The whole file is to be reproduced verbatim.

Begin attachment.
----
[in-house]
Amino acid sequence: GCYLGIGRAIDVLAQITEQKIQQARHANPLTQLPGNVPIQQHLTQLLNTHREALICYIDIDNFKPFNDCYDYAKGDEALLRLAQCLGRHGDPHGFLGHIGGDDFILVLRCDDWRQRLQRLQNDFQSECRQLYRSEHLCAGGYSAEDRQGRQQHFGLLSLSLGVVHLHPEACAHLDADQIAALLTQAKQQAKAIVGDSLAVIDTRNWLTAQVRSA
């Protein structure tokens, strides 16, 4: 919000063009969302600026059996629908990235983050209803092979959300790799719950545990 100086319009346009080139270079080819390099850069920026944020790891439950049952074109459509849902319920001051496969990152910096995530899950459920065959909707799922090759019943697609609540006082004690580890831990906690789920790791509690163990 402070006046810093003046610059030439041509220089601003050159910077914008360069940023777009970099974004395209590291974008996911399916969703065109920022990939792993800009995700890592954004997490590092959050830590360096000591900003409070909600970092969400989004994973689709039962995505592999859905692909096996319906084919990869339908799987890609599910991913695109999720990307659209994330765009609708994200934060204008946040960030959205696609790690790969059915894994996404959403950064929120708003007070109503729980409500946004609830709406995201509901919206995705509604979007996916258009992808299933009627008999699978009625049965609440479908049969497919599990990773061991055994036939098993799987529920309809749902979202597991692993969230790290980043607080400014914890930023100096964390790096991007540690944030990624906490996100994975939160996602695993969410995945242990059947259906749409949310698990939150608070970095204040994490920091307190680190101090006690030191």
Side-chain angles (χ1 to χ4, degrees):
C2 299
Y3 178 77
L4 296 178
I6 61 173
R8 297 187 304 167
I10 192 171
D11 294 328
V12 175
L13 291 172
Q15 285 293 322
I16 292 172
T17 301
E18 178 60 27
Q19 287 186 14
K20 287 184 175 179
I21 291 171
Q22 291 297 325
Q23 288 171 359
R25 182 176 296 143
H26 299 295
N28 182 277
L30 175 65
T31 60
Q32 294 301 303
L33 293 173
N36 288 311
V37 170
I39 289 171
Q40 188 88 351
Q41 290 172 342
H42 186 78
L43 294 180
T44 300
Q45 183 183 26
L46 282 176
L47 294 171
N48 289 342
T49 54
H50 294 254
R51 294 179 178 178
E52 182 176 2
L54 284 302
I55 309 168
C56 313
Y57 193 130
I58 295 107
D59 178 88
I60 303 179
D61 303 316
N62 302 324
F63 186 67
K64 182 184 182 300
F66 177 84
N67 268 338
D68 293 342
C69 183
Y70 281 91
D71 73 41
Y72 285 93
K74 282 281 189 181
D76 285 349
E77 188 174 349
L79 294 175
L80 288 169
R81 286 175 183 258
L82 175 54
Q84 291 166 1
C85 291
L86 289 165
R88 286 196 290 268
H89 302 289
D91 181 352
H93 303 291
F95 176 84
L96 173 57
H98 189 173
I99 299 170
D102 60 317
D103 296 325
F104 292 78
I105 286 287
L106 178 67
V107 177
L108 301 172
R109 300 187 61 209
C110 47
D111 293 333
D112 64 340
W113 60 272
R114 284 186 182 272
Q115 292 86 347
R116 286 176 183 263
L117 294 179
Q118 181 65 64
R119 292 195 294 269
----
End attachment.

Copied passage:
[in-house]
Amino acid sequence: GCYLGIGRAIDVLAQITEQKIQQARHANPLTQLPGNVPIQQHLTQLLNTHREALICYIDIDNFKPFNDCYDYAKGDEALLRLAQCLGRHGDPHGFLGHIGGDDFILVLRCDDWRQRLQRLQNDFQSECRQLYRSEHLCAGGYSAEDRQGRQQHFGLLSLSLGVVHLHPEACAHLDADQIAALLTQAKQQAKAIVGDSLAVIDTRNWLTAQVRSA
């Protein structure tokens, strides 16, 4: 919000063009969302600026059996629908990235983050209803092979959300790799719950545990 100086319009346009080139270079080819390099850069920026944020790891439950049952074109459509849902319920001051496969990152910096995530899950459920065959909707799922090759019943697609609540006082004690580890831990906690789920790791509690163990 402070006046810093003046610059030439041509220089601003050159910077914008360069940023777009970099974004395209590291974008996911399916969703065109920022990939792993800009995700890592954004997490590092959050830590360096000591900003409070909600970092969400989004994973689709039962995505592999859905692909096996319906084919990869339908799987890609599910991913695109999720990307659209994330765009609708994200934060204008946040960030959205696609790690790969059915894994996404959403950064929120708003007070109503729980409500946004609830709406995201509901919206995705509604979007996916258009992808299933009627008999699978009625049965609440479908049969497919599990990773061991055994036939098993799987529920309809749902979202597991692993969230790290980043607080400014914890930023100096964390790096991007540690944030990624906490996100994975939160996602695993969410995945242990059947259906749409949310698990939150608070970095204040994490920091307190680190101090006690030191």
Side-chain angles (χ1 to χ4, degrees):
C2 299
Y3 178 77
L4 296 178
I6 61 173
R8 297 187 304 167
I10 192 171
D11 294 328
V12 175
L13 291 172
Q15 285 293 322
I16 292 172
T17 301
E18 178 60 27
Q19 287 186 14
K20 287 184 175 179
I21 291 171
Q22 291 297 325
Q23 288 171 359
R25 182 176 296 143
H26 299 295
N28 182 277
L30 175 65
T31 60
Q32 294 301 303
L33 293 173
N36 288 311
V37 170
I39 289 171
Q40 188 88 351
Q41 290 172 342
H42 186 78
L43 294 180
T44 300
Q45 183 183 26
L46 282 176
L47 294 171
N48 289 342
T49 54
H50 294 254
R51 294 179 178 178
E52 182 176 2
L54 284 302
I55 309 168
C56 313
Y57 193 130
I58 295 107
D59 178 88
I60 303 179
D61 303 316
N62 302 324
F63 186 67
K64 182 184 182 300
F66 177 84
N67 268 338
D68 293 342
C69 183
Y70 281 91
D71 73 41
Y72 285 93
K74 282 281 189 181
D76 285 349
E77 188 174 349
L79 294 175
L80 288 169
R81 286 175 183 258
L82 175 54
Q84 291 166 1
C85 291
L86 289 165
R88 286 196 290 268
H89 302 289
D91 181 352
H93 303 291
F95 176 84
L96 173 57
H98 189 173
I99 299 170
D102 60 317
D103 296 325
F104 292 78
I105 286 287
L106 178 67
V107 177
L108 301 172
R109 300 187 61 209
C110 47
D111 293 333
D112 64 340
W113 60 272
R114 284 186 182 272
Q115 292 86 347
R116 286 176 183 263
L117 294 179
Q118 181 65 64
R119 292 195 294 269